Analysis

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Last Updated on May 8, 2015, by eNotes Editorial. Word Count: 661

A number of issues of concern to adolescents are presented in Konigsburg’s work: finding peer acceptance, making friends, growing in maturity, finding oneself, coping with family relationships, and living in a diverse world. Primarily, the book addresses peer relationships and acceptance. The story portrays two children who are forming a...

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A number of issues of concern to adolescents are presented in Konigsburg’s work: finding peer acceptance, making friends, growing in maturity, finding oneself, coping with family relationships, and living in a diverse world. Primarily, the book addresses peer relationships and acceptance. The story portrays two children who are forming a friendship and who are in some ways alike but in other ways quite different. The meaning of real friendship is demonstrated, and the author’s underlying message is that friends should support and help one another rather than be hurtful.

Self-conflict provides the primary plot for the story. Elizabeth is presented as a shy girl needing a friend. She is a new student who walks to school alone each day and who is afraid that she will cry when walking into class late with everyone looking at her. Adolescence is often a time of uncertainty, one filled with self-doubts and fears about other people’s perceptions. Therefore, these are believable scenarios with which many adolescents will be able to associate. Elizabeth’s shyness is reemphasized through her actions and responses when she meets Jennifer, an imaginative and apparently self-assured individual. Elizabeth agrees to all of Jennifer’s recommendations and suggestions related to becoming an apprentice witch. Because Jennifer is confident and is supportive of Elizabeth in subtle ways at school, Elizabeth complies with Jennifer’s demands even when she does not want to do so. She gradually becomes aware of how Jennifer manipulates situations in order to force her to make decisions so that Jennifer will not have to take responsibility. Once Elizabeth discovers this, she takes control of a situation important to her, tells Jennifer exactly how she feels, and risks ending their friendship. Eventually, Elizabeth’s growing confidence in herself allows her to become more assertive, and she no longer needs the game of becoming a witch. At this point, the two girls are able to become good friends and to begin acting as equals.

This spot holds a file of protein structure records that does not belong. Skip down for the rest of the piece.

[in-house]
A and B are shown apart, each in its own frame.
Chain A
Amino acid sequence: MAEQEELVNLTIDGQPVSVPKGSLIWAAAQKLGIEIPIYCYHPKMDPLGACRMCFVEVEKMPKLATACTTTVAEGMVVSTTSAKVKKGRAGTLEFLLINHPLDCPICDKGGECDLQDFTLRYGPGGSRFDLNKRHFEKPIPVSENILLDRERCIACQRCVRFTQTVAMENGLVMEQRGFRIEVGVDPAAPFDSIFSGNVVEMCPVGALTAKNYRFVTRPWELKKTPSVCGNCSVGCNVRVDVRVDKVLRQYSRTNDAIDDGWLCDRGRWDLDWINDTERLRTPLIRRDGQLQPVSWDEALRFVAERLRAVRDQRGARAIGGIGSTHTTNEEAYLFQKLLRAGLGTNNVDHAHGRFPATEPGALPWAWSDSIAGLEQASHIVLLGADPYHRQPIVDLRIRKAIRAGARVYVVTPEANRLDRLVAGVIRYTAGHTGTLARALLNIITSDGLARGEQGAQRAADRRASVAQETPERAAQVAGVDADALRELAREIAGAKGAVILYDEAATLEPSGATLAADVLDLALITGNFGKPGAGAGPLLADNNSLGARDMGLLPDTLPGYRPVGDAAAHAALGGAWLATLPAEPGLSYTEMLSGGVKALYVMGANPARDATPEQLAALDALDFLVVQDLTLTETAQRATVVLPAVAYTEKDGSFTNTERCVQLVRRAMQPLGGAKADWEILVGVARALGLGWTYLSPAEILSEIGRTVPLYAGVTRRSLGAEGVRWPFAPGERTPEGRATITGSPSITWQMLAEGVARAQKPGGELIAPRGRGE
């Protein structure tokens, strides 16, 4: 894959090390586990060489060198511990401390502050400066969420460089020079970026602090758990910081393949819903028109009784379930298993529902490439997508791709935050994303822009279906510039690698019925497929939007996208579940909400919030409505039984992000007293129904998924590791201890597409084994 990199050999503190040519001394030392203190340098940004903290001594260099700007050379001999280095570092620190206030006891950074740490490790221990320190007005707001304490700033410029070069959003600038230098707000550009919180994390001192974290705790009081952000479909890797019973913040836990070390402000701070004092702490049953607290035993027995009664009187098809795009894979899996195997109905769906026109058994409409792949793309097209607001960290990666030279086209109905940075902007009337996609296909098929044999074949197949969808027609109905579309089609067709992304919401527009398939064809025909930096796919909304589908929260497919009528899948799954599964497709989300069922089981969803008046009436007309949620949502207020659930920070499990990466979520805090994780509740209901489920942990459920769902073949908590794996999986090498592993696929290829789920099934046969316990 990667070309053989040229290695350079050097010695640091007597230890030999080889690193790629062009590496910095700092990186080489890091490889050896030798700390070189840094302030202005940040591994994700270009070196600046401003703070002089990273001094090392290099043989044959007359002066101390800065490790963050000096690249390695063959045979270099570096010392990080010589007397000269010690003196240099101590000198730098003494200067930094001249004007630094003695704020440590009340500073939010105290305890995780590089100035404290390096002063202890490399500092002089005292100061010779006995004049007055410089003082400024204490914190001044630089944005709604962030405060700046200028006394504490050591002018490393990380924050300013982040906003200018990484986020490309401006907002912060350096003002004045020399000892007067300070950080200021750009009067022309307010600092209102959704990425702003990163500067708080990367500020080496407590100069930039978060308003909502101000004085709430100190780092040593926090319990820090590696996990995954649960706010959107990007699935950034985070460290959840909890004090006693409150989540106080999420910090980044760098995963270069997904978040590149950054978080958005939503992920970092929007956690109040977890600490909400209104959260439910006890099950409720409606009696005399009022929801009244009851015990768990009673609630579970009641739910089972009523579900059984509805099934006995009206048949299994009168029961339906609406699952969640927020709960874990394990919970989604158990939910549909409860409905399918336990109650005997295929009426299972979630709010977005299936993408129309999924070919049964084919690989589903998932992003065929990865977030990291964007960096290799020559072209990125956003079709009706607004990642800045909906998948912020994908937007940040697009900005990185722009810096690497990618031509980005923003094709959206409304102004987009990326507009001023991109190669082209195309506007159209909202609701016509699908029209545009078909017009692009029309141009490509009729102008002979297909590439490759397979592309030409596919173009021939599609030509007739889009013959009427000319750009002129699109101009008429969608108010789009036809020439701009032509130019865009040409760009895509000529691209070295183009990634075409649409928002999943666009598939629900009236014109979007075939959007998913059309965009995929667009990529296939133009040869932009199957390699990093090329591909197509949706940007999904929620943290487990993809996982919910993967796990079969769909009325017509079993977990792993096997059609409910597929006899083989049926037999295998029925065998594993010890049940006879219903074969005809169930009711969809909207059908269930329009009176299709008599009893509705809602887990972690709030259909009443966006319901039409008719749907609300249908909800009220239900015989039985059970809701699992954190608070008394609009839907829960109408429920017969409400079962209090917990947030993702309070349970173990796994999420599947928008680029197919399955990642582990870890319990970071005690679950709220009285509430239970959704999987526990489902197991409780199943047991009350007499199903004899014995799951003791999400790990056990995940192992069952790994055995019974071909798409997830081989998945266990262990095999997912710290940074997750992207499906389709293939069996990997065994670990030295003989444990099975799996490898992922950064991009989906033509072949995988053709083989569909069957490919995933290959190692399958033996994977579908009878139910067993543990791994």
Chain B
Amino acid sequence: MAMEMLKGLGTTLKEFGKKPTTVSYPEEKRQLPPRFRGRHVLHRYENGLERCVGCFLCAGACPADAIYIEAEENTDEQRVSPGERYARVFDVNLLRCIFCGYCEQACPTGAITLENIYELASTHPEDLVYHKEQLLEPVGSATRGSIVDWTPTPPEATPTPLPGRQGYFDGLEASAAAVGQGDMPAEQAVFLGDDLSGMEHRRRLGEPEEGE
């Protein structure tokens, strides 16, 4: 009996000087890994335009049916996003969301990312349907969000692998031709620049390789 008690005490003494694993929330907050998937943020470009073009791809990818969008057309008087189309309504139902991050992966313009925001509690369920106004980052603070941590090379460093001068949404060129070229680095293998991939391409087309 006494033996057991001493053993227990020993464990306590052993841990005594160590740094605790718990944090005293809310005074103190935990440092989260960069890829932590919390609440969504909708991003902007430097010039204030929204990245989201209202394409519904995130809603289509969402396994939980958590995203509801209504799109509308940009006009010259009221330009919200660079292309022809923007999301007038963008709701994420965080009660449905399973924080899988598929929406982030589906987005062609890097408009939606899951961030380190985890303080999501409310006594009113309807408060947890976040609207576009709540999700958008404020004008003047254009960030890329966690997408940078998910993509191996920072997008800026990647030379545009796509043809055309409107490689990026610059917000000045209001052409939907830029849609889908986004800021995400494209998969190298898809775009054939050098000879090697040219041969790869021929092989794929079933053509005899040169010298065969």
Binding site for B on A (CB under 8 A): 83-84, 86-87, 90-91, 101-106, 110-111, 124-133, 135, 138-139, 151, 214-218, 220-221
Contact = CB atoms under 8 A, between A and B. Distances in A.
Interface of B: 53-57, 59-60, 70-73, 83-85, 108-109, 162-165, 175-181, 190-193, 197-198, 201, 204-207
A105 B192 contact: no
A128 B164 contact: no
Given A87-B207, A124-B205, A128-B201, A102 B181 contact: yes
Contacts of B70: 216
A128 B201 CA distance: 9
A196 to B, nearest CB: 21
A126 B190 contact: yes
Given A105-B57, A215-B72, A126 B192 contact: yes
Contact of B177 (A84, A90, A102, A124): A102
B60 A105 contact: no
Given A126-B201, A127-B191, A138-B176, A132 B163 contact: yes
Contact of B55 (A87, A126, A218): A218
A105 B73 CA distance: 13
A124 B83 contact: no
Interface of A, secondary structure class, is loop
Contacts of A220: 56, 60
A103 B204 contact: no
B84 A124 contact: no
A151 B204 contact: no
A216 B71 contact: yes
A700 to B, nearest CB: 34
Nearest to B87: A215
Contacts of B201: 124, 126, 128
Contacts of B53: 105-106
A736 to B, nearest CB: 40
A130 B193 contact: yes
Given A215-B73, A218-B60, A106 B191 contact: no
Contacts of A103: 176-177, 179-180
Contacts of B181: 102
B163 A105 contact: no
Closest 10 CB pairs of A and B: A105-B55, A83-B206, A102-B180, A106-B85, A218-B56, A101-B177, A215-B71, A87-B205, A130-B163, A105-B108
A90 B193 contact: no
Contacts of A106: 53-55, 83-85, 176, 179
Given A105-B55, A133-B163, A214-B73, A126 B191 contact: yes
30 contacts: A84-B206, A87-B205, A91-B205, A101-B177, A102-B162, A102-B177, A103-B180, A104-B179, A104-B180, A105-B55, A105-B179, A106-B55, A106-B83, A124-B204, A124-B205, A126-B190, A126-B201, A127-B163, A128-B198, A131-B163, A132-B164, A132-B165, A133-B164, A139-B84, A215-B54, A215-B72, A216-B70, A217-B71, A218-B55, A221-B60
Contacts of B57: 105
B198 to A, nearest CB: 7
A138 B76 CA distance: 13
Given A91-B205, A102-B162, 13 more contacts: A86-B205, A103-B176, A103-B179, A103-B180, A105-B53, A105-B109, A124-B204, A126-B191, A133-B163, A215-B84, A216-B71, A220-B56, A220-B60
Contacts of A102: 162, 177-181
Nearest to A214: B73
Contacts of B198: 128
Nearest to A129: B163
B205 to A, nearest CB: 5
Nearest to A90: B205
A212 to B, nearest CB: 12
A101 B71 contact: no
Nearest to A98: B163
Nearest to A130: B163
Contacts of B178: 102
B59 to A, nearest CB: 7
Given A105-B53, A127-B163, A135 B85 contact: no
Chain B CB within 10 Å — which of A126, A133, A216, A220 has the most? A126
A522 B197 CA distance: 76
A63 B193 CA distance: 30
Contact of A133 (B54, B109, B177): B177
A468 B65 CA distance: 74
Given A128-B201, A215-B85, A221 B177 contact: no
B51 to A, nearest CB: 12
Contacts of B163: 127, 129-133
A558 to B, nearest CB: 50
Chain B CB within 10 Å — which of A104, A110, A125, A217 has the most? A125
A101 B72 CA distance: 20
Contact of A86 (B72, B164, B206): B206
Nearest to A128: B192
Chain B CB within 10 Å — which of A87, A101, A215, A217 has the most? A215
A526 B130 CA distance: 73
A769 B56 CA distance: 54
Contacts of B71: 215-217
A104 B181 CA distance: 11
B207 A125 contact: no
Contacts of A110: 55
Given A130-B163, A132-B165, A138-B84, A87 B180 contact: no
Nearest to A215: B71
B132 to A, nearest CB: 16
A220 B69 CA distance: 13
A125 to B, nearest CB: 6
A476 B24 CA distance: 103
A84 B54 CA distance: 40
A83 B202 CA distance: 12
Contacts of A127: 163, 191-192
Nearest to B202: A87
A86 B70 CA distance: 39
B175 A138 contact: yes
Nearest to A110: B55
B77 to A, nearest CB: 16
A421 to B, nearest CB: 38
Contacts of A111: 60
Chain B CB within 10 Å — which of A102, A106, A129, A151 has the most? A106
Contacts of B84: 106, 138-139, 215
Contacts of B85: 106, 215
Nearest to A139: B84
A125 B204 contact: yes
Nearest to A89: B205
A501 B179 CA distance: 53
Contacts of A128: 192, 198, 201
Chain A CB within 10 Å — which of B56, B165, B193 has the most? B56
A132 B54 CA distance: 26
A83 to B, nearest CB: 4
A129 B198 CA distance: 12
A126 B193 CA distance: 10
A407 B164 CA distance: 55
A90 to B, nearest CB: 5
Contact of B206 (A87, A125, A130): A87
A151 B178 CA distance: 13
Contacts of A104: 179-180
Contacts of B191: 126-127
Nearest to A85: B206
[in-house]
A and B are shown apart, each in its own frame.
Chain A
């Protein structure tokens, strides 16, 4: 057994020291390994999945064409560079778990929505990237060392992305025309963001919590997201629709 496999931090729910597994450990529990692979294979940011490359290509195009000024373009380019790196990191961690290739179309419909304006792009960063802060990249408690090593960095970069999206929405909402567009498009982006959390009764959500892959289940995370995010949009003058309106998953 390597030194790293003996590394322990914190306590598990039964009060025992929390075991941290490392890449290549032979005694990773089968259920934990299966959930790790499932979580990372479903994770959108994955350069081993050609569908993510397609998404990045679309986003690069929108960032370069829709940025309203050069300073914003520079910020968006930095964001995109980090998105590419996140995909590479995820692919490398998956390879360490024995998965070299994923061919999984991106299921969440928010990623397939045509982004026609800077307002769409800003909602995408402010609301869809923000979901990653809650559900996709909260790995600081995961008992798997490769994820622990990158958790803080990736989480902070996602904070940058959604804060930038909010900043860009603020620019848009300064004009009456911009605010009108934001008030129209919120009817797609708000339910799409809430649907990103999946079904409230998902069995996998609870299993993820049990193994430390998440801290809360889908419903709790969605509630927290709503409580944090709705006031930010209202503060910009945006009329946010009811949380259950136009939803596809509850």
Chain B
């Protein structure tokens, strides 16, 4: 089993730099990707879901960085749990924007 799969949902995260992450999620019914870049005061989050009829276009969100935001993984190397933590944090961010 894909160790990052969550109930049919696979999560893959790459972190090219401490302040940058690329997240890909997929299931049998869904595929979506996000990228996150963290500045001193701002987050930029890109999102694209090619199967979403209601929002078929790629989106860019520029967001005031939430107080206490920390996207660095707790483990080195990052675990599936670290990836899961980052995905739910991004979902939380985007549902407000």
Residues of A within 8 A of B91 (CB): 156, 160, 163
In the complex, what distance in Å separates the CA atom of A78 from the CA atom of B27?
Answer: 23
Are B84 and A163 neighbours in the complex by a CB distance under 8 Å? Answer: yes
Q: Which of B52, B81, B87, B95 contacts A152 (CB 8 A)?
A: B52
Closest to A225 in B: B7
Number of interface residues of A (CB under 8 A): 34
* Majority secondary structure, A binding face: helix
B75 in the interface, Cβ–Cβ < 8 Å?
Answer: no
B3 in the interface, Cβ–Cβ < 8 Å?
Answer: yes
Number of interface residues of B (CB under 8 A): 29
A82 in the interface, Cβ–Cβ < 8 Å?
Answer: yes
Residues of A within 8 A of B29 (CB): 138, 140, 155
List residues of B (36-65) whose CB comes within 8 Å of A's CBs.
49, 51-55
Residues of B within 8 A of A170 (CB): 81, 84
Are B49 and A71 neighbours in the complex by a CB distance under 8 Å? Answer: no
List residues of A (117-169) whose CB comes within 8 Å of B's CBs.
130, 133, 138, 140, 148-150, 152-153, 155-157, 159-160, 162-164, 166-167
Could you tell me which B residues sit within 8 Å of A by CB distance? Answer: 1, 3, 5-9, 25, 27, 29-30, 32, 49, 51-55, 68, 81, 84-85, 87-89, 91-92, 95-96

Konigsburg’s story does not address conflicts that may be caused by racial bias. The fact that one of the girls is African American and the other is white is only referred to directly in one situation. The reader is mainly aware of the cultural diversity of the two girls because of the illustrations in which both appear. Because children in this age group are likely to begin developing personal perspectives about people of other cultures, Jennifer, Hecate, Macbeth, William McKinley, and Me offers a positive example by focusing on sharing and similarities rather than on tensions and differences.

Family relationships are also an integral part of this story. While readers, and Elizabeth, do not learn much about Jennifer’s family, they do become involved in Elizabeth’s family. She is an only child from a two-parent family; this lack of siblings contributes to Elizabeth’s sense of shyness and isolation. Her parents interact with her on a regular basis as authority figures, not as friends. Other family members who comes to visit treat her as they might a small child, not taking into account her growing maturity. Although Elizabeth does not complain about these circumstances, ultimately she does begin to compare them with other families with whom she comes in contact. Nevertheless, her family accepts her as she is. As she gains more confidence with Jennifer, she also begins acting in a more mature manner at home.

The reader cannot be entirely certain whether Elizabeth will reach a point where she is accepted by her peers in the school setting. She has become more self-sufficient and self-confident, however, and is able to fit into more situations without the initial anxiety that she felt as a new person in the community. She becomes more involved in her world, attending Cynthia’s birthday party and taking part in the class play, but the reader is left with the feeling that Elizabeth does not really need her classmates as she did when the story began.

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Critical Context